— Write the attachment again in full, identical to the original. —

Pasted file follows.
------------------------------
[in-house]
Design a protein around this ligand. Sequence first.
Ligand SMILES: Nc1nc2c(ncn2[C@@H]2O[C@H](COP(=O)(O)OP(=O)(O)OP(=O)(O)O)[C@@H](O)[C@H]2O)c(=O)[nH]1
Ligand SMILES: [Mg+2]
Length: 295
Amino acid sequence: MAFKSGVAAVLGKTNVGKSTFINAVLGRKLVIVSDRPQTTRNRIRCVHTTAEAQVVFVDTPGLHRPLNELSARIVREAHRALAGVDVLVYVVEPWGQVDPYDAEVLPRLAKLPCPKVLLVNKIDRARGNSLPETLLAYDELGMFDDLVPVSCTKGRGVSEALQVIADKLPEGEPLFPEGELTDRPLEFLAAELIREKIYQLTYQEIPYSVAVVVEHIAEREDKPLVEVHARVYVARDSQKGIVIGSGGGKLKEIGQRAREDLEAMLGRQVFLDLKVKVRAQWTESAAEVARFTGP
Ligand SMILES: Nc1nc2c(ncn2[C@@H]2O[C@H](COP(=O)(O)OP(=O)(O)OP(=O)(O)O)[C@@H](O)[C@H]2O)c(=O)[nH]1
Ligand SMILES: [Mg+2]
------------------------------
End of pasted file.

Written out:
[in-house]
Design a protein around this ligand. Sequence first.
Ligand SMILES: Nc1nc2c(ncn2[C@@H]2O[C@H](COP(=O)(O)OP(=O)(O)OP(=O)(O)O)[C@@H](O)[C@H]2O)c(=O)[nH]1
Ligand SMILES: [Mg+2]
Length: 295
Amino acid sequence: MAFKSGVAAVLGKTNVGKSTFINAVLGRKLVIVSDRPQTTRNRIRCVHTTAEAQVVFVDTPGLHRPLNELSARIVREAHRALAGVDVLVYVVEPWGQVDPYDAEVLPRLAKLPCPKVLLVNKIDRARGNSLPETLLAYDELGMFDDLVPVSCTKGRGVSEALQVIADKLPEGEPLFPEGELTDRPLEFLAAELIREKIYQLTYQEIPYSVAVVVEHIAEREDKPLVEVHARVYVARDSQKGIVIGSGGGKLKEIGQRAREDLEAMLGRQVFLDLKVKVRAQWTESAAEVARFTGP
Ligand SMILES: Nc1nc2c(ncn2[C@@H]2O[C@H](COP(=O)(O)OP(=O)(O)OP(=O)(O)O)[C@@H](O)[C@H]2O)c(=O)[nH]1
Ligand SMILES: [Mg+2]